As companies grow, their ability to ship software tends to decrease. Product releases evolve to require complex launches, expensive marketing campaigns, legal contracts, briefing sales teams, and training support staff. The last thing organizations need is another obstacle at the beginning stages of the product life cycle — platform engineers work to prevent this additional friction against shipping software.

Ops teams are typically the ones driving platform engineering initiatives. They’re constantly under pressure, doing a lot of repetitive tasks, and getting distracted from doing anything intellectually stimulating. Effective IDPs allow them to shift their focus back to more exciting tasks.

Developers have to deal with the other side of this experience — they’re often stuck for hours waiting for responses to their Slack messages or for weeks waiting on approval for a preview environment. Platform engineering helps get the wheels turning for them more quickly.

For executives, the benefits include efficiency, shorter times to market, and an overall reduced sense of frustration.

Platform Engineering Impact on Observability, Monitoring, and Security

Having a platform layer that sits on top of your entire delivery setup gives you really good insights into your team’s performance and allows security teams to be far more proactive in the decision-making process.

Luka and his team Humanitec rolled out an integration last year with an observability company that is realizing some of these benefits. They plugged into a platform layer built with Humanitec and easily pulled out some DORA metrics to get a good picture of key security information. They’re now able to easily trace who has deployed what and to what environment and easily do rollbacks or rollout fixes to production.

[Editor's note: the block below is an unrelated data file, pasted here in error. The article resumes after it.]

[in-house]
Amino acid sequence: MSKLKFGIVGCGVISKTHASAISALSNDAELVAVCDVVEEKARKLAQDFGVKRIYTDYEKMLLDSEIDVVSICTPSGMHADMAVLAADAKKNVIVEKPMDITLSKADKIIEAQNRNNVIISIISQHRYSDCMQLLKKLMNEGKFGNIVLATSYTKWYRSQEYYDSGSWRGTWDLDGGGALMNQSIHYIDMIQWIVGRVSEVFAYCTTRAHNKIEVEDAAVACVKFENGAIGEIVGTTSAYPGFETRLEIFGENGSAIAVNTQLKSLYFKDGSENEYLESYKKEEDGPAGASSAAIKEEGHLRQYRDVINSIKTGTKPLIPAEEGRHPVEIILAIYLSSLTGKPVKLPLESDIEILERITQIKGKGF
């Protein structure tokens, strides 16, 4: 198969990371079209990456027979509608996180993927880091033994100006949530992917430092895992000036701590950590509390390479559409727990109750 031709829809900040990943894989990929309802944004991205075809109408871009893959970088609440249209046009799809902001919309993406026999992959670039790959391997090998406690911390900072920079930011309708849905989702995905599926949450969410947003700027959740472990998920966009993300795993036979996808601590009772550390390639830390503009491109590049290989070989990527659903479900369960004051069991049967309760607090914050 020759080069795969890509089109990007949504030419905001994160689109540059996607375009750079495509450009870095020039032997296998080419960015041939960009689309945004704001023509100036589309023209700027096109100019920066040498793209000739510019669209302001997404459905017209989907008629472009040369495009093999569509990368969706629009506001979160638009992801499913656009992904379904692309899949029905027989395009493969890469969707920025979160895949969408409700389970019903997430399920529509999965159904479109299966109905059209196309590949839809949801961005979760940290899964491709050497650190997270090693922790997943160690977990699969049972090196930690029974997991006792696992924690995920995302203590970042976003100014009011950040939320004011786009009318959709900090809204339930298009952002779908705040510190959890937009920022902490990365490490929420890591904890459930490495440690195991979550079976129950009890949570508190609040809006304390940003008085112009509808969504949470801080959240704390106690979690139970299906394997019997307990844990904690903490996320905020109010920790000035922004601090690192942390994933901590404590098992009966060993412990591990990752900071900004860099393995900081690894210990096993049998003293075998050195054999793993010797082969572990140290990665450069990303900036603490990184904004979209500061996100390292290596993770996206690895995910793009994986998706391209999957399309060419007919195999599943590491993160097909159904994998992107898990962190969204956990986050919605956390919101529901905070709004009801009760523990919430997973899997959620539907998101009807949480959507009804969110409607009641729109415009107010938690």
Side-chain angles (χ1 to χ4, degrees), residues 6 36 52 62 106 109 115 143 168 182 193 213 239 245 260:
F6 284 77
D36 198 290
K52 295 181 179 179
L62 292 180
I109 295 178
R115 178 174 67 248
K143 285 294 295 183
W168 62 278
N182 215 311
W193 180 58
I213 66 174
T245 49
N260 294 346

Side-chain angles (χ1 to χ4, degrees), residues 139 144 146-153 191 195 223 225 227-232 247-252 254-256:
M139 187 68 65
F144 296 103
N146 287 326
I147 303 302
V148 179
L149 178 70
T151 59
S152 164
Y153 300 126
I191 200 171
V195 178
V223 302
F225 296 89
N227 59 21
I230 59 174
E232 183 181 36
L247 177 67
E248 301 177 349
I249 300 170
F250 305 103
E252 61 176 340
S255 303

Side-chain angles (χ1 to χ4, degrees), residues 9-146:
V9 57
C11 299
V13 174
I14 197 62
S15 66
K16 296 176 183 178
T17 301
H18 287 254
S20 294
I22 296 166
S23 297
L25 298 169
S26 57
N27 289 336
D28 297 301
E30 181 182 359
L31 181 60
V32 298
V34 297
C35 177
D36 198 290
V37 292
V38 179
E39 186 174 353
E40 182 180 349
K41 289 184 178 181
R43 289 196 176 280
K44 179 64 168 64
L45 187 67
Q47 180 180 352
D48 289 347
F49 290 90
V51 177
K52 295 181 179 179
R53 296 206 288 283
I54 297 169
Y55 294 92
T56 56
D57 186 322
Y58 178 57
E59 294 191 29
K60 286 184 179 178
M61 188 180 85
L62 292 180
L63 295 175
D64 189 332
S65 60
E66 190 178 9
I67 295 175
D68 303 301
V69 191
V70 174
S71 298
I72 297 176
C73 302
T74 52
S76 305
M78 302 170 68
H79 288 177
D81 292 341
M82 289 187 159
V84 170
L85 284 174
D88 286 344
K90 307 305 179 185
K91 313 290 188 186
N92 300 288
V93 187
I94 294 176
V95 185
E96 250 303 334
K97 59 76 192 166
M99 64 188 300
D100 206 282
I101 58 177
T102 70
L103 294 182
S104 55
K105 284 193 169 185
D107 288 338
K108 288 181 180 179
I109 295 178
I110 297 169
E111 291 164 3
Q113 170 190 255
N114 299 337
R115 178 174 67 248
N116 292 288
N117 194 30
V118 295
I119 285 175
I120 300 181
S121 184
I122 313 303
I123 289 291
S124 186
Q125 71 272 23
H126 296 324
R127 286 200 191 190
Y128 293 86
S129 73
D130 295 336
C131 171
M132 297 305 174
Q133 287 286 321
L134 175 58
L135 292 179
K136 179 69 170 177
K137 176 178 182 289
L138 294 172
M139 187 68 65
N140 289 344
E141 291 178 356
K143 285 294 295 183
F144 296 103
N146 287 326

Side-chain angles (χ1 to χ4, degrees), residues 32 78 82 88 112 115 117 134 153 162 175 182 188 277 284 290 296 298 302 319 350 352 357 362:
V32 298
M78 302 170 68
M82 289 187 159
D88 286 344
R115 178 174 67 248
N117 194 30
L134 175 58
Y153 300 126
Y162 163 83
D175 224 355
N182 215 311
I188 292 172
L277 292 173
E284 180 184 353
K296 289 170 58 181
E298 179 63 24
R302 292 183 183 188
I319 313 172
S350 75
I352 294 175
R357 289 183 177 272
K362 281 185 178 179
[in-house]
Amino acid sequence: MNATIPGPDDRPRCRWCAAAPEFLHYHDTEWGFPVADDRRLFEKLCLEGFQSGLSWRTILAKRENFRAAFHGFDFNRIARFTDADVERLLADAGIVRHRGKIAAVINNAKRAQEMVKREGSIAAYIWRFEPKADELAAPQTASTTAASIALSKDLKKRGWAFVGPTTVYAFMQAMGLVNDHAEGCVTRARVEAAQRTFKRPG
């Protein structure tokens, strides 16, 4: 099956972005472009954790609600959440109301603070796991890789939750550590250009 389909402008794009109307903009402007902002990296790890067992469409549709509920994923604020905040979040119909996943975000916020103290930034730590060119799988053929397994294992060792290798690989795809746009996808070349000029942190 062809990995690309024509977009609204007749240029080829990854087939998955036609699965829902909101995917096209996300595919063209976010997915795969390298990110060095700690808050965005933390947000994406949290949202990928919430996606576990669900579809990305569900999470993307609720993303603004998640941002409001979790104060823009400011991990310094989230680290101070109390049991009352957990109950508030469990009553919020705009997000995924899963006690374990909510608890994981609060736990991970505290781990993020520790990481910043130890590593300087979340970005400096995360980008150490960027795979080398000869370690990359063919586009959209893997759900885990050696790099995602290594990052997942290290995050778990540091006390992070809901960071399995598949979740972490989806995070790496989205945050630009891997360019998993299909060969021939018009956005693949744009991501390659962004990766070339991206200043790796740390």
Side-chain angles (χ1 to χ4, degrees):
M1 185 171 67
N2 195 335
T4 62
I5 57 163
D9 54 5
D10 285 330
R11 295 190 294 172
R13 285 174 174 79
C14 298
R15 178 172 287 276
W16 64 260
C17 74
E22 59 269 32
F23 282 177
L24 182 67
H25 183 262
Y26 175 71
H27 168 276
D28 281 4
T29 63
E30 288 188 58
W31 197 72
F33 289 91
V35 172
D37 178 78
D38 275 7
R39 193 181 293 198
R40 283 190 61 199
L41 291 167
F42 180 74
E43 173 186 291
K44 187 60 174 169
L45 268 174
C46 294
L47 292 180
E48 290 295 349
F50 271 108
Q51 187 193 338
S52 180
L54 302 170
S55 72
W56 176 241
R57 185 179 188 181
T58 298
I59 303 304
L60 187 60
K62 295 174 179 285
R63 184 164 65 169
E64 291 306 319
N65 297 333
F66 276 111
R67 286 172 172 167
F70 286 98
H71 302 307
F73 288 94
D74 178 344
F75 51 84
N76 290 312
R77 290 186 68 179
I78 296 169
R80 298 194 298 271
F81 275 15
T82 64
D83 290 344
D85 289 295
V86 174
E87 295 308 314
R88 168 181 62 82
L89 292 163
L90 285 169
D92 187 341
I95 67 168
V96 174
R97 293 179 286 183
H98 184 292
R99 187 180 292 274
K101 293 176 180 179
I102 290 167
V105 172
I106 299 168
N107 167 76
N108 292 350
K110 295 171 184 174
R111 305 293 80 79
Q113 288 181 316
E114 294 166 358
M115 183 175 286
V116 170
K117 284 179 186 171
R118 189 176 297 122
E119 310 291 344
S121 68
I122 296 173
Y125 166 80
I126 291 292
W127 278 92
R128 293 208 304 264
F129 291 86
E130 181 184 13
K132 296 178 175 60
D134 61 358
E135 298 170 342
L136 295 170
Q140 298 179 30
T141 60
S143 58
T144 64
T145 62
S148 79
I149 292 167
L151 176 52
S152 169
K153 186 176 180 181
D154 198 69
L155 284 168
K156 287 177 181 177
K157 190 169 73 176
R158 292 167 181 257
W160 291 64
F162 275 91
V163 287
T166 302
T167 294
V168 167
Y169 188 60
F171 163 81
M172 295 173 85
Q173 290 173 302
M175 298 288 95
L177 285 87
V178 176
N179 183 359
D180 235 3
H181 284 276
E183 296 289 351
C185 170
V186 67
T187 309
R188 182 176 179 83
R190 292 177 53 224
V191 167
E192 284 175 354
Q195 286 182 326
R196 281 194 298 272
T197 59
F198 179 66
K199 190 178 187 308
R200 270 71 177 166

On top of that extra layer of security, they can enforce role-based access controls (RBAC) across the entire CI/C and avoid operating without boundaries within a patchwork of open-source tools. The enterprise version of Humanitec offers full RBAC on three levels — application, organization, and environment — allowing security folks in the enterprise to be granular about who can deploy what, where, and when.

If you have 50+ developers, you’ll likely benefit from a platform engineering practice — check out the full episode of the Stream Life Episode 81 with Luca to hear more and to learn how to get started with one for your organization.


 

Cribl, the Data Engine for IT and Security, empowers organizations to transform their data strategy. Customers use Cribl’s suite of products to collect, process, route, and analyze all IT and security data, delivering the flexibility, choice, and control required to adapt to their ever-changing needs.

We offer free training, certifications, and a free tier across our products. Our community Slack features Cribl engineers, partners, and customers who can answer your questions as you get started and continue to build and evolve. We also offer a variety of hands-on Sandboxes for those interested in how companies globally leverage our products for their data challenges.